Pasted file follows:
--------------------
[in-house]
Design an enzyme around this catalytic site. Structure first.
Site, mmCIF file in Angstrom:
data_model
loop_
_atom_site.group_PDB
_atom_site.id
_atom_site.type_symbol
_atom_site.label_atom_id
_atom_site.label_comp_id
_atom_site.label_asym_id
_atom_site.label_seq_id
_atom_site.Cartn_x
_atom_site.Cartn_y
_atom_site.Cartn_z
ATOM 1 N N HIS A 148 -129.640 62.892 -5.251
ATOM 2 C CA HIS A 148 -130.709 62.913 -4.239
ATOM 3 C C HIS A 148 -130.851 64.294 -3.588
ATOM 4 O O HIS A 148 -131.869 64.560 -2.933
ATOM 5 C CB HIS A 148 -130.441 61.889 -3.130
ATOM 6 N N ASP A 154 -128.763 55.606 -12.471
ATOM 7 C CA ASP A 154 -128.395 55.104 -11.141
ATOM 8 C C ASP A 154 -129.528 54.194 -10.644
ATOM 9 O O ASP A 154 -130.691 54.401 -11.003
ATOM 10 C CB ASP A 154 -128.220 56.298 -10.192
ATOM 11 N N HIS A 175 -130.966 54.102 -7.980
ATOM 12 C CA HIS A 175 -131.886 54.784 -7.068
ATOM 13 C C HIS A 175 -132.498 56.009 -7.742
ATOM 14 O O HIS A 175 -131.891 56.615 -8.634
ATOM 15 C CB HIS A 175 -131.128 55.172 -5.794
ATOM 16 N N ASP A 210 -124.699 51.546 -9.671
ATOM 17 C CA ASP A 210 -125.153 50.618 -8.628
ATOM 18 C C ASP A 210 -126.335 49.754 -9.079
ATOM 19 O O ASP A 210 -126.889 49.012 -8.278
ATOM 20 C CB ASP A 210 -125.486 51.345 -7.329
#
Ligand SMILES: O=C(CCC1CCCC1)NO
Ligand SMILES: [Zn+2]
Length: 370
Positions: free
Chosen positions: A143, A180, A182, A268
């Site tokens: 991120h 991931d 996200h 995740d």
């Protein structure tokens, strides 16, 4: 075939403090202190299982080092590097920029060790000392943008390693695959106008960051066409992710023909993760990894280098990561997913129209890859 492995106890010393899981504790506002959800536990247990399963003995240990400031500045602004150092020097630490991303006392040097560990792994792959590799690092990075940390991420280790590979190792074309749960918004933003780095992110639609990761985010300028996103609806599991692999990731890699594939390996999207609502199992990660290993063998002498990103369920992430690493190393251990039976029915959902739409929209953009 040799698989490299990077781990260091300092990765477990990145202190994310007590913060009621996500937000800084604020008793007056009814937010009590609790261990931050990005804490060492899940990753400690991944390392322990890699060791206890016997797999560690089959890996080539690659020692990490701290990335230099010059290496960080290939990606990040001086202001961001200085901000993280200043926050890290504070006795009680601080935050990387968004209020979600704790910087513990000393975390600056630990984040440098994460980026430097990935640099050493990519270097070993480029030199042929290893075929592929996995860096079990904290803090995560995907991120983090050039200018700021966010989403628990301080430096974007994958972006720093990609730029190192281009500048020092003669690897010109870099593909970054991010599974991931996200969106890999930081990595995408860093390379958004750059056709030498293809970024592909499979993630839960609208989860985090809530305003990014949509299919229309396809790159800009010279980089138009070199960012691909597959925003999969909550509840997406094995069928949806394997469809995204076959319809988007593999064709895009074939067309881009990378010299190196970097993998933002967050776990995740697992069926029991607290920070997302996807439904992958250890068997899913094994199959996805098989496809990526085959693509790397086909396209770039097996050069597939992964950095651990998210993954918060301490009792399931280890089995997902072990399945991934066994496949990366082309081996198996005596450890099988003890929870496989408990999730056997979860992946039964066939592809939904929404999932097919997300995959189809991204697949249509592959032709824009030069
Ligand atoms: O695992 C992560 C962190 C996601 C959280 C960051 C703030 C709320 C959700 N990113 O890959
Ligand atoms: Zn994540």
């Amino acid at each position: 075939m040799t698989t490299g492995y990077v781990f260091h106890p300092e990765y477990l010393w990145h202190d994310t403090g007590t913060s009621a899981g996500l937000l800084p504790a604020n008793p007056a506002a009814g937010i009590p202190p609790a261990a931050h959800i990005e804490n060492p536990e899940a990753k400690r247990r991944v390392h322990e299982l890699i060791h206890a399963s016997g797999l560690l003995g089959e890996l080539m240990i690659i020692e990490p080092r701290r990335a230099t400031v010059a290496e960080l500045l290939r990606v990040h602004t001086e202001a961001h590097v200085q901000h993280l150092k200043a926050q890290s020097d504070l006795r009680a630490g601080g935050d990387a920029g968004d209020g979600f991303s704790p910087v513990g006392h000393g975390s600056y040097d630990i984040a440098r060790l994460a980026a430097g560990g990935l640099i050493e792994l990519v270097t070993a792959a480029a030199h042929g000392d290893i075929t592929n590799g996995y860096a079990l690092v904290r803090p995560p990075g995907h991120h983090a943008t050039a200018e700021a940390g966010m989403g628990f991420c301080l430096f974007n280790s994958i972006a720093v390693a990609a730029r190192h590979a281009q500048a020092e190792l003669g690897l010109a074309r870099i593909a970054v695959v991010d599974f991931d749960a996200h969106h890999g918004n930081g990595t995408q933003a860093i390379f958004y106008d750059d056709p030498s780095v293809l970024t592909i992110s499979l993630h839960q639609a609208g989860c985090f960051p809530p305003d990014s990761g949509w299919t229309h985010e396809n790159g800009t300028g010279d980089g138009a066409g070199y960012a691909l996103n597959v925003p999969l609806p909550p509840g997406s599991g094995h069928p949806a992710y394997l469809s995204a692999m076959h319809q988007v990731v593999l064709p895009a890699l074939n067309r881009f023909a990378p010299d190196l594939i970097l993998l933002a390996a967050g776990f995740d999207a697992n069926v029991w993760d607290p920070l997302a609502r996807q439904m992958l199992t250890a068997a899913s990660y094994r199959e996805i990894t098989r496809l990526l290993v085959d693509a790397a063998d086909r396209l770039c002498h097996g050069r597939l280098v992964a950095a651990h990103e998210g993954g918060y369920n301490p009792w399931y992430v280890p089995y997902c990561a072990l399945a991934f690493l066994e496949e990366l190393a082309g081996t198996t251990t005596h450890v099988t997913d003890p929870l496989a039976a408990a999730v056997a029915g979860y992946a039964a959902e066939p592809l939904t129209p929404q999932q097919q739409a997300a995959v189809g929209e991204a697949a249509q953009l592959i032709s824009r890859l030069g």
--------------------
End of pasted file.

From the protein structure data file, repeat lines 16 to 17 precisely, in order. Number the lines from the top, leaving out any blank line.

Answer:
ATOM 1 N N HIS A 148 -129.640 62.892 -5.251
ATOM 2 C CA HIS A 148 -130.709 62.913 -4.239